Just over two years ago, Yale students celebrated Halloween night like they would any other year. Undergraduates put on costumes and met friends at parties. And, as midnight approached, those lucky enough to have acquired tickets to the Yale Symphony Orchestra’s annual Halloween show strode toward Woolsey Hall to experience a cherished University tradition.

But what happened at Yale on the night of Oct. 31, 2015 — and in the early hours of Nov. 1, 2015 — will also decide the outcome of a sexual assault case pending trial in the New Haven court system. Saifullah Khan ’16, a native of Afghanistan who studied cognitive science at Yale, has been charged with sexual assault in the first, second, third and fourth degrees for allegedly forcing himself onto an unidentified victim in the early hours of Nov. 1 in a Trumbull College dorm room. The News last reported on a Yale student going to court on sexual assault charges in 2006.

The trial was originally slated to begin in October. But the judge presiding over the case declared a mistrial because the Yale Police Department had not given the defense notes from interviews it conducted with witnesses. A new date has not been set. Typically, major felonies in Connecticut take at least a year to come to trial. Supervisory Assistant State’s Attorney Michael Pepper, the prosecutor in the case, declined to comment on the case or the timing of the trial.

It remains unclear whether Yale ever investigated the incident. Stephanie Spangler, Yale Title IX coordinator, said she could not comment on individual cases or confirm or deny whether the University has received specific allegations of sexual misconduct.

In a phone interview, Khan told the News that “I know that I am innocent” and “that I will win.”

During his college years, Khan split his time between Afghanistan and New Haven, according to an op-ed he wrote for the News in 2013. He attended the Hotchkiss School, a prestigious boarding school in Lakeville, Connecticut, before coming to Yale, according to his LinkedIn page.

Daniel Erwin — an attorney from the Pattis & Smith Law Firm, which is representing Khan — said he and his client are “eager for vindication at trial.” But neither Khan nor his attorneys would comment on the state of the case or an affidavit, undersigned by Yale Police Department detective Paul Sires, that provides a police account of the night’s events.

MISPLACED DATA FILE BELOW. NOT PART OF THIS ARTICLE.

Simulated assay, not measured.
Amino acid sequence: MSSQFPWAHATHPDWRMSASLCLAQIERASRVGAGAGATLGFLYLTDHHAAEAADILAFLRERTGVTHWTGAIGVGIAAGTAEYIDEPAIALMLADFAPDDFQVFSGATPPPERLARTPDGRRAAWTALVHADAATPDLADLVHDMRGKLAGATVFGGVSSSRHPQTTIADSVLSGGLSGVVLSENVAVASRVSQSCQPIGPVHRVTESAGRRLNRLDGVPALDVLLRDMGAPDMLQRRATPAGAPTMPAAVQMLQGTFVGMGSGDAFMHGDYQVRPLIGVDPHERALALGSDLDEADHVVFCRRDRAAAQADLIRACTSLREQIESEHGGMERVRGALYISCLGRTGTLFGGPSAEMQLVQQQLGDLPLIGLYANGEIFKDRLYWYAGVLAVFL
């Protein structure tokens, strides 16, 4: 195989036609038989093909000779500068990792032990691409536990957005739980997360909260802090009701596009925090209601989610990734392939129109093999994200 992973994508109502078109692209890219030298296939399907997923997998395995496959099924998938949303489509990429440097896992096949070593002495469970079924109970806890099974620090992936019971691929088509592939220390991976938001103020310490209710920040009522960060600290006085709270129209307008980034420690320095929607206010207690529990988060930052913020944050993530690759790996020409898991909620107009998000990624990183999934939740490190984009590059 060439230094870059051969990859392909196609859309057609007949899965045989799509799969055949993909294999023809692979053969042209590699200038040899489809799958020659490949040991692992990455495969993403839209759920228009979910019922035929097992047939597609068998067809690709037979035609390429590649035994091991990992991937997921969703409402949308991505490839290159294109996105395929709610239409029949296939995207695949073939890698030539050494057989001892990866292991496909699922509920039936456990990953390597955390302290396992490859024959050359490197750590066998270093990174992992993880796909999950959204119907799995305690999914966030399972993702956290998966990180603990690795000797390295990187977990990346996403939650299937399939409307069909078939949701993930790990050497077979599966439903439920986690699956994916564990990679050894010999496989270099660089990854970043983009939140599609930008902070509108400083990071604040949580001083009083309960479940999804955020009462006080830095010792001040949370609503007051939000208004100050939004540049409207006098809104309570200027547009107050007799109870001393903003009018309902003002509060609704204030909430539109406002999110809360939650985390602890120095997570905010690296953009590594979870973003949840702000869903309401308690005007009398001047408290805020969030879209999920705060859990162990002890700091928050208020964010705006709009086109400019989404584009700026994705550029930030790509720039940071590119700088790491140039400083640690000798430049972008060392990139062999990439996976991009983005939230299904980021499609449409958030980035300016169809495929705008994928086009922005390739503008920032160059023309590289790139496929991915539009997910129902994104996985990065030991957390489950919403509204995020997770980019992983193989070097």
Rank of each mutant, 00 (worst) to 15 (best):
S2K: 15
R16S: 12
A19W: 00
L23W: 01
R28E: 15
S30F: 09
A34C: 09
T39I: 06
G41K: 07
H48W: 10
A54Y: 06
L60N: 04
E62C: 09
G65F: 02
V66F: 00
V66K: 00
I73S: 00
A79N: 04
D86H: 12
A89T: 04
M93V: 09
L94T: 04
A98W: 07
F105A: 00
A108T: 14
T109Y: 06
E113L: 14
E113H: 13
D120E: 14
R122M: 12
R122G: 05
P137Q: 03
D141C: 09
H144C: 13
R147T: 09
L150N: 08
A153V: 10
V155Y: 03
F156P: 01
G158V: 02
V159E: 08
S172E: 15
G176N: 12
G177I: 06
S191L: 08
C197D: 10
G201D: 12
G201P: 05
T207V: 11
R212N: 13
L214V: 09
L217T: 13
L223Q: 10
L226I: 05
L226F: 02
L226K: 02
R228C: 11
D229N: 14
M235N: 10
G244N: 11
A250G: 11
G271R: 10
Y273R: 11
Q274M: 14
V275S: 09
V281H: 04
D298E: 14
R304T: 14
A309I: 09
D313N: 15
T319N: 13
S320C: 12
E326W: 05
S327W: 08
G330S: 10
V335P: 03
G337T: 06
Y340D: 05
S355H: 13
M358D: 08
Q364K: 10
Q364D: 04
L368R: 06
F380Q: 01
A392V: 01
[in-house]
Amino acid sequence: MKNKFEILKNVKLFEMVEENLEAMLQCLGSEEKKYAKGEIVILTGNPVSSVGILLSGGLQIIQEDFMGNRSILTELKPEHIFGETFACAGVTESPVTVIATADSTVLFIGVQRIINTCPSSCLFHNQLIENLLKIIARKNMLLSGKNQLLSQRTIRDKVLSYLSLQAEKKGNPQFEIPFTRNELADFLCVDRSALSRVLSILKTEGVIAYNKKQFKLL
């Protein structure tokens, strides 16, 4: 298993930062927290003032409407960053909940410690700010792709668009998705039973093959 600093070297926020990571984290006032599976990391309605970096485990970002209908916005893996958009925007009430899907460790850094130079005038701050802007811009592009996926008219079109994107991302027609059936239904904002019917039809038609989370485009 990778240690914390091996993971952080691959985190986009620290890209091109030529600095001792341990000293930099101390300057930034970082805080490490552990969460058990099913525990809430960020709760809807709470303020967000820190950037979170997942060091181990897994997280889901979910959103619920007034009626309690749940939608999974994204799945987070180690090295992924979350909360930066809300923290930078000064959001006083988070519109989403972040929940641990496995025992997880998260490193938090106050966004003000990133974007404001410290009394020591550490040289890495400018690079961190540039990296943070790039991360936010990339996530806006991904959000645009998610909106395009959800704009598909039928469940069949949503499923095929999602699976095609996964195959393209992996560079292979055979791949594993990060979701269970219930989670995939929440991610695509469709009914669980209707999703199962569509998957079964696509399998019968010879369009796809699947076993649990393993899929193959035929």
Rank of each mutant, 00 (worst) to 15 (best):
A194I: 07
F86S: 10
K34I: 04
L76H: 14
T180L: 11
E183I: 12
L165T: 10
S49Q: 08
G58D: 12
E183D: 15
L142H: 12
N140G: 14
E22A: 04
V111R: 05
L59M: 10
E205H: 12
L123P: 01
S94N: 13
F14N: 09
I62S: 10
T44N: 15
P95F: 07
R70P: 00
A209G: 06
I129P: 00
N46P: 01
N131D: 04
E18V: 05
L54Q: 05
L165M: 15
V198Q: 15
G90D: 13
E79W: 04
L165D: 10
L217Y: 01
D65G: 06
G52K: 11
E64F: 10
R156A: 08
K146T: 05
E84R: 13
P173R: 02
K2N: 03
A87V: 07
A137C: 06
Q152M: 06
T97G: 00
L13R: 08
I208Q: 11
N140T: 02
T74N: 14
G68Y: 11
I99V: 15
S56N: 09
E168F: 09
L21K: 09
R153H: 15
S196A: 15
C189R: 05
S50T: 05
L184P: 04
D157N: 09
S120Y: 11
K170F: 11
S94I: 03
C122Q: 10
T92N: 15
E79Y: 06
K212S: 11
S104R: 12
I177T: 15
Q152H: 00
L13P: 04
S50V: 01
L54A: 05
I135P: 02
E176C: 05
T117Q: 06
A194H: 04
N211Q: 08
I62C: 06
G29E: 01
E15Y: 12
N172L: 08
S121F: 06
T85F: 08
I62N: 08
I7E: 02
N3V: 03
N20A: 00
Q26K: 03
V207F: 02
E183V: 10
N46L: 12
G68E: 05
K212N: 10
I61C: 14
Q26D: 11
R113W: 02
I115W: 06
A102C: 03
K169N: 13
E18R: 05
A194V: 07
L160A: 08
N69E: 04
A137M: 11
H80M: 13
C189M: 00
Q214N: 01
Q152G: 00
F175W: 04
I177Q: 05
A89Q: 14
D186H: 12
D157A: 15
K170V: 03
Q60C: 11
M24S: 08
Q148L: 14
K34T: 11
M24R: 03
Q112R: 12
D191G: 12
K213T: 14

According to the affidavit, Carole Goldberg of the Yale Sexual Harassment and Assault Response & Education center contacted the YPD on Nov. 2, 2015 to inform the police that a victim alleging sexual assault was in her office seeking help. The YPD subsequently interviewed the student the next day and opened an investigation.

Goldberg did not respond to requests for comment on how SHARE decides whether to inform the police when students report cases of sexual misconduct. But according to SHARE’s website, the center does not share information it receives with others, including the police, without explicit student permission, “except in rare circumstances where your or another person’s health and safety is at imminent risk.”

SHARE itself does not investigate cases of sexual misconduct. Yale Police Department report information shared with them by alleged victims to the University Title IX coordinator, who can open a separate internal investigation managed by Yale. The YPD did not respond to multiple requests for comment over the past two weeks.

The affidavit’s account of the alleged sexual assault begins on the night of Oct. 31, 2015 at 5:45 p.m., with the alleged victim, referred to in court documents as Jane Doe, and Khan eating dinner together in the Trumbull dining hall.

According to the affidavit, Khan asked to come to the alleged victim’s room after dinner, but she denied his request. The victim told police she had never dated Khan, and only considered him an acquaintance.

At 10 p.m. that evening, Doe and two friends arrived at a costume party held at Shabtai, a Jewish society at Yale located on Orange Street. Khan was at the door checking people into the party.

Doe had two rum and cokes, one shot of unknown liquor and two cups of white wine at Shabtai. Rabbi Shmully Hecht, one of the founders of Shabtai, was pouring shots for Doe and others at the party and “appeared drunk,” according to Doe’s testimony to police.